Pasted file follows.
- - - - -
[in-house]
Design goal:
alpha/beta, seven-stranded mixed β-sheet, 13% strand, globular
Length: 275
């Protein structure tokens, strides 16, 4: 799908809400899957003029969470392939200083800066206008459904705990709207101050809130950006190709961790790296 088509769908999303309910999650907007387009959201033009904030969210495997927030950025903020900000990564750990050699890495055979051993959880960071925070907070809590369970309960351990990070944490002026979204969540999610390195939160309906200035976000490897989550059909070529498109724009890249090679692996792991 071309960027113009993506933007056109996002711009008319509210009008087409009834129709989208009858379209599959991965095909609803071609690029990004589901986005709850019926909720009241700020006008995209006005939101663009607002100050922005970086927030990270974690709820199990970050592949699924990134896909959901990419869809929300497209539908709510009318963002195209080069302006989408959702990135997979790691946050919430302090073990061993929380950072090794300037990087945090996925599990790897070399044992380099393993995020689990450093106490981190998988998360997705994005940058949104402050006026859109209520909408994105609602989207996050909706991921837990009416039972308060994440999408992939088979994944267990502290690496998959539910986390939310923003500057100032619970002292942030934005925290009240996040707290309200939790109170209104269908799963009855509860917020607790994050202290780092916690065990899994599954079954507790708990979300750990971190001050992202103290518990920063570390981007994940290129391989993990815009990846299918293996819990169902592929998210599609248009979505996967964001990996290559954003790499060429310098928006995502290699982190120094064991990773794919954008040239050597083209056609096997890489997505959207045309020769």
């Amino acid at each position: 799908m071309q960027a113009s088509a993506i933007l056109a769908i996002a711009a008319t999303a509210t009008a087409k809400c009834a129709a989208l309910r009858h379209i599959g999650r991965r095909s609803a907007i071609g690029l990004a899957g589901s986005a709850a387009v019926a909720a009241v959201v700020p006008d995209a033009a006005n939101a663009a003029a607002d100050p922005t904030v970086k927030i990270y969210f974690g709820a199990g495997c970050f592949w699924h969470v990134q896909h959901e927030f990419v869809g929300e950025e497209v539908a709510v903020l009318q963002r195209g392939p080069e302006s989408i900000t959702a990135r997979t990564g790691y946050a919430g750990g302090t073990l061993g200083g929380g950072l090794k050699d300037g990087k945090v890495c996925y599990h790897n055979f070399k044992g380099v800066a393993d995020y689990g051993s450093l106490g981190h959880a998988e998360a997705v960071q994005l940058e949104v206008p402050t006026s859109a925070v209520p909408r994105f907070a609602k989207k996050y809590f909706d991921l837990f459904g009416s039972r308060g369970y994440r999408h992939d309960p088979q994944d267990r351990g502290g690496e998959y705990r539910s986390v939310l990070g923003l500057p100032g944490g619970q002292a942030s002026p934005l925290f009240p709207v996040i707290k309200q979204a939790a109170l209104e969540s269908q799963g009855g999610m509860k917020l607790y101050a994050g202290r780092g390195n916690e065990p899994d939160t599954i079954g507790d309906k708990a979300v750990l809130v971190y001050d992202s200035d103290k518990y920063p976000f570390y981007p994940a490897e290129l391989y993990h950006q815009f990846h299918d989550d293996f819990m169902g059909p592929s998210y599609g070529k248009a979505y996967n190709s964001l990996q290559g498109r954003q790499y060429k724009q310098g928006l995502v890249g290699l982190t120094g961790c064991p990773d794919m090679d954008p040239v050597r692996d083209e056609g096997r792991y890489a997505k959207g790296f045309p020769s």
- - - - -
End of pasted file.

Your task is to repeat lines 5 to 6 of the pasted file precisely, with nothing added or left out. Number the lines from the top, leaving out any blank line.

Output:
């Protein structure tokens, strides 16, 4: 799908809400899957003029969470392939200083800066206008459904705990709207101050809130950006190709961790790296 088509769908999303309910999650907007387009959201033009904030969210495997927030950025903020900000990564750990050699890495055979051993959880960071925070907070809590369970309960351990990070944490002026979204969540999610390195939160309906200035976000490897989550059909070529498109724009890249090679692996792991 071309960027113009993506933007056109996002711009008319509210009008087409009834129709989208009858379209599959991965095909609803071609690029990004589901986005709850019926909720009241700020006008995209006005939101663009607002100050922005970086927030990270974690709820199990970050592949699924990134896909959901990419869809929300497209539908709510009318963002195209080069302006989408959702990135997979790691946050919430302090073990061993929380950072090794300037990087945090996925599990790897070399044992380099393993995020689990450093106490981190998988998360997705994005940058949104402050006026859109209520909408994105609602989207996050909706991921837990009416039972308060994440999408992939088979994944267990502290690496998959539910986390939310923003500057100032619970002292942030934005925290009240996040707290309200939790109170209104269908799963009855509860917020607790994050202290780092916690065990899994599954079954507790708990979300750990971190001050992202103290518990920063570390981007994940290129391989993990815009990846299918293996819990169902592929998210599609248009979505996967964001990996290559954003790499060429310098928006995502290699982190120094064991990773794919954008040239050597083209056609096997890489997505959207045309020769």
């Amino acid at each position: 799908m071309q960027a113009s088509a993506i933007l056109a769908i996002a711009a008319t999303a509210t009008a087409k809400c009834a129709a989208l309910r009858h379209i599959g999650r991965r095909s609803a907007i071609g690029l990004a899957g589901s986005a709850a387009v019926a909720a009241v959201v700020p006008d995209a033009a006005n939101a663009a003029a607002d100050p922005t904030v970086k927030i990270y969210f974690g709820a199990g495997c970050f592949w699924h969470v990134q896909h959901e927030f990419v869809g929300e950025e497209v539908a709510v903020l009318q963002r195209g392939p080069e302006s989408i900000t959702a990135r997979t990564g790691y946050a919430g750990g302090t073990l061993g200083g929380g950072l090794k050699d300037g990087k945090v890495c996925y599990h790897n055979f070399k044992g380099v800066a393993d995020y689990g051993s450093l106490g981190h959880a998988e998360a997705v960071q994005l940058e949104v206008p402050t006026s859109a925070v209520p909408r994105f907070a609602k989207k996050y809590f909706d991921l837990f459904g009416s039972r308060g369970y994440r999408h992939d309960p088979q994944d267990r351990g502290g690496e998959y705990r539910s986390v939310l990070g923003l500057p100032g944490g619970q002292a942030s002026p934005l925290f009240p709207v996040i707290k309200q979204a939790a109170l209104e969540s269908q799963g009855g999610m509860k917020l607790y101050a994050g202290r780092g390195n916690e065990p899994d939160t599954i079954g507790d309906k708990a979300v750990l809130v971190y001050d992202s200035d103290k518990y920063p976000f570390y981007p994940a490897e290129l391989y993990h950006q815009f990846h299918d989550d293996f819990m169902g059909p592929s998210y599609g070529k248009a979505y996967n190709s964001l990996q290559g498109r954003q790499y060429k724009q310098g928006l995502v890249g290699l982190t120094g961790c064991p990773d794919m090679d954008p040239v050597r692996d083209e056609g096997r792991y890489a997505k959207g790296f045309p020769s």